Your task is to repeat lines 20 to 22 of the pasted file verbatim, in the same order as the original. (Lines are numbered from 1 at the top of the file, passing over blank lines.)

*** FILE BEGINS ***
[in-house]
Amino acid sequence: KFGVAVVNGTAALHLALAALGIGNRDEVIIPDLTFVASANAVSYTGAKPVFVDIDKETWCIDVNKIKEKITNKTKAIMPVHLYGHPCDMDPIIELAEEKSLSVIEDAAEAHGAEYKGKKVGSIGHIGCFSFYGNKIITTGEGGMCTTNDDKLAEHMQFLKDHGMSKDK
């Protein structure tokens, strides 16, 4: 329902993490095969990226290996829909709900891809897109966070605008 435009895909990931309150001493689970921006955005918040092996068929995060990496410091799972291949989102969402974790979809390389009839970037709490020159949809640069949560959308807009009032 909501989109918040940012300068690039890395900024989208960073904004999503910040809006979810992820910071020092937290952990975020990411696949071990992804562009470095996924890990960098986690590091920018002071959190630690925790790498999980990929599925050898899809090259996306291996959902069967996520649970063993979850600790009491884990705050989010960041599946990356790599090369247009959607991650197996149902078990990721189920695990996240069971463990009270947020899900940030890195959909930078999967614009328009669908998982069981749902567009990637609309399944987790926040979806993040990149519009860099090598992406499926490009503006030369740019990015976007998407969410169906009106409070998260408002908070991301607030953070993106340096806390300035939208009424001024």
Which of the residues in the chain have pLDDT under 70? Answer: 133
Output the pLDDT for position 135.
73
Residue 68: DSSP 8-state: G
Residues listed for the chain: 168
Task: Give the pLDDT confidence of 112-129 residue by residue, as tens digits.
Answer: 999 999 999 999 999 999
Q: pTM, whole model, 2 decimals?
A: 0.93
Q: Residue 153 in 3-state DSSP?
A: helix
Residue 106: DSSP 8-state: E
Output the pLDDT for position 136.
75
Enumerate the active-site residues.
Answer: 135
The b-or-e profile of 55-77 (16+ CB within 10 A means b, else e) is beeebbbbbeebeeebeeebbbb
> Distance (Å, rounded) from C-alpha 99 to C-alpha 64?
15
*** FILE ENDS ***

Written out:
The b-or-e profile of 55-77 (16+ CB within 10 A means b, else e) is beeebbbbbeebeeebeeebbbb
> Distance (Å, rounded) from C-alpha 99 to C-alpha 64?
15